Open source is changing the game when it comes to saving the planet and making the world a better place.
Kubernetes-based Efficient Power Level Exporter, or Kepler — an open-source tool that shows power-use metrics in cloud-native environments — enables enterprises to tackle changing sustainability needs and maximize energy consumption based on enhanced assessments, according to Huamin Chen (pictured), senior principal software engineer at Red Hat Inc.
“Kepler is one of the first projects that enables the cloud-native community to imagine a workload energy consumption,” Chen explained. “Seeing is believing. A lot of times people still talk about … if I run my database application, what’s my carbon footprint? What’s my energy consumption? We are able to answer these questions by providing you this very simple tool.”
Chen spoke with theCUBE industry analyst John Furrier and guest analyst Rob Strechay at Open Source Summit NA, during an exclusive broadcast on theCUBE, SiliconANGLE Media’s livestreaming studio. They discussed how Kepler seeks to be a game-changer when it comes to energy consumption in cloud-native environments.
Cloud-native sustainable AI
OpenAI — the company behind ChatGPT —– has had significant success, but it has to deal with an energy carbon footprint problem. As a result, Kepler can help address this challenge based on cloud-native sustainable AI solutions, according to Chen.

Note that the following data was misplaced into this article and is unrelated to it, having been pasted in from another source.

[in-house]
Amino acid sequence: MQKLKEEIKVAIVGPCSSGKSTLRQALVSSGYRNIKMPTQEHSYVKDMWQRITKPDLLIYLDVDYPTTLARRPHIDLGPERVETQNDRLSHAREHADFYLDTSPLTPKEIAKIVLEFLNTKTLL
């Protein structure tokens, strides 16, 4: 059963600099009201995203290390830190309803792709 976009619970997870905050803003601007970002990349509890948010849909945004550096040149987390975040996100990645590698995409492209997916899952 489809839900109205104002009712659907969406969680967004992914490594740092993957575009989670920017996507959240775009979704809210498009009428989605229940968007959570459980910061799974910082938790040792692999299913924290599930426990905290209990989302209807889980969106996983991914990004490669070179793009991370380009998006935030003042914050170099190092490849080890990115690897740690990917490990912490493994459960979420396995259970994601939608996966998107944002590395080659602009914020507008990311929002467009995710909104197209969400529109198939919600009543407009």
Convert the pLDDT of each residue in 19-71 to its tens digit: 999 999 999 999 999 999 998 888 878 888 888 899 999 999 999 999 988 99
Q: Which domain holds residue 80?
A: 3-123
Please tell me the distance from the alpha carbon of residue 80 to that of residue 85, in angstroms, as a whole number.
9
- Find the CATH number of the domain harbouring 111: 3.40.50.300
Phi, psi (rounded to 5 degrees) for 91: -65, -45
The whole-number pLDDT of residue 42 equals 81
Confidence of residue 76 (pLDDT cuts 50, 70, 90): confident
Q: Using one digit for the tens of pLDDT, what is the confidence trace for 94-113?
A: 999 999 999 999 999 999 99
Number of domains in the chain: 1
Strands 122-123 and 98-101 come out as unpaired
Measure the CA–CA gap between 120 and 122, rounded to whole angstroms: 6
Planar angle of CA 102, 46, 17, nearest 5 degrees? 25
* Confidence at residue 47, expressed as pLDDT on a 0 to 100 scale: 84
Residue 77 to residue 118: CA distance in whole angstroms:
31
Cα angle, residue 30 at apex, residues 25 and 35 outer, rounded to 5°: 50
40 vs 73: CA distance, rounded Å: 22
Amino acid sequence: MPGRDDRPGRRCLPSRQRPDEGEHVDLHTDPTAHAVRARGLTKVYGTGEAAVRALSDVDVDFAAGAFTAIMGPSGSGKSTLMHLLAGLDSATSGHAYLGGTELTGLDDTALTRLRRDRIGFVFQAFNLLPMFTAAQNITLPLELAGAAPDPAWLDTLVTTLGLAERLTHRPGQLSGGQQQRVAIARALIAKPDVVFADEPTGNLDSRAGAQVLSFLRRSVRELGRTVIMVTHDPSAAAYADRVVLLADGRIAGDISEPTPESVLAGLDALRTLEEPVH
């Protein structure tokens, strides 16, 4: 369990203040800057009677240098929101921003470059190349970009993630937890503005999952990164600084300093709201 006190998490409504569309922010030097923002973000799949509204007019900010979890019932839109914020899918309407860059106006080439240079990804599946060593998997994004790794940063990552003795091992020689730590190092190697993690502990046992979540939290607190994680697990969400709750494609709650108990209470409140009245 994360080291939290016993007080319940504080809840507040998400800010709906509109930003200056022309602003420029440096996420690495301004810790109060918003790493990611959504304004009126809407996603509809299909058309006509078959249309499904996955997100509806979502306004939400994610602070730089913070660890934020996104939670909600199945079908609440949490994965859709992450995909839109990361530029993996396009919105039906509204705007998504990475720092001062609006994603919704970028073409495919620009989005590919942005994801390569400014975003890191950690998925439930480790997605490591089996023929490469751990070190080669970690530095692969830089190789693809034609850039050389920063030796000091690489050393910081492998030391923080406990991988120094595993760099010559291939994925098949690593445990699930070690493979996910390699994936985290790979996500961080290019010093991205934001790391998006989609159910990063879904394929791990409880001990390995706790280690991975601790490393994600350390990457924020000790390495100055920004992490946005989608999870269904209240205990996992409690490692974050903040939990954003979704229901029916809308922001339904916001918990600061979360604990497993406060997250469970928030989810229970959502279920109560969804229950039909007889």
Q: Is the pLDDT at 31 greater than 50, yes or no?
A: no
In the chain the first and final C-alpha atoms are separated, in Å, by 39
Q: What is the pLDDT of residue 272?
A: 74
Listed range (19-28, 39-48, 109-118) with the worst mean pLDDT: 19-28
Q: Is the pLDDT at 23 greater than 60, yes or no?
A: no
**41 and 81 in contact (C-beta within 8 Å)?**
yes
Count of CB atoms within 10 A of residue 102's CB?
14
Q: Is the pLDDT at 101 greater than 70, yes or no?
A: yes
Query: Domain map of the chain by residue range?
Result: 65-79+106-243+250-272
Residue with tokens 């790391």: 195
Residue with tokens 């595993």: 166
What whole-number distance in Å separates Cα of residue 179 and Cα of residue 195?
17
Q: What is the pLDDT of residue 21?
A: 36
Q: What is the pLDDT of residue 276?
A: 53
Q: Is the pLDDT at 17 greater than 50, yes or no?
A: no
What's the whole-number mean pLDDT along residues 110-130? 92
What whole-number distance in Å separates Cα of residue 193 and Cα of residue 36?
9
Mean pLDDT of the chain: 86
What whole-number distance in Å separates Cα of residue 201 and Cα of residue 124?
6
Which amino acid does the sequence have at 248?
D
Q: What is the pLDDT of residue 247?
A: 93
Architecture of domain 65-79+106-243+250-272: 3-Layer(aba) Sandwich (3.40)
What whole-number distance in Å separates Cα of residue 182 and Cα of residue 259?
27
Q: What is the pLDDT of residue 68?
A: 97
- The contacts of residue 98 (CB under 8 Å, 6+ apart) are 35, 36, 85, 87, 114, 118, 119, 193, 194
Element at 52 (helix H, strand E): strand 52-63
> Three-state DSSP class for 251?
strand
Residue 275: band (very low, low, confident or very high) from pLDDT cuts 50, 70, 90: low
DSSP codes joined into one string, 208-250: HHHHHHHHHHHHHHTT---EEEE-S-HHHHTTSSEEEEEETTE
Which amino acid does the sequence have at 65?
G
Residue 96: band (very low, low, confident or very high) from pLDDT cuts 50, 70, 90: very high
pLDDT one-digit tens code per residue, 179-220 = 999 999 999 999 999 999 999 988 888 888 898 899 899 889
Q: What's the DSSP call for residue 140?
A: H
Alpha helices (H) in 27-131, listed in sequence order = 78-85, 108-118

“The good news is OpenAI is providing the service that we like,” he stated. “The downside is that service … uses a lot of energy, a lot of carbon. The cloud-native sustainable AI is toward that direction. We can tune the GPU that’s OpenAI using to the service they’re providing so that we can achieve the best performance per watt, not just price performance per watt.”
For better energy efficiency, Kubernetes can use auto-scaling algorithms with the help of Kepler. This is based on power-consumption metrics, Chen pointed out.
“When you see the metrics, you know how much energy is used by workloads, by your database,” he said. “No matter how much you use, then that is a combination that you can use to adjust your resource assignments’ performance, as well as the energy consumption.”
Here’s the complete video interview, part of SiliconANGLE’s and theCUBE’s coverage of Open Source Summit NA:
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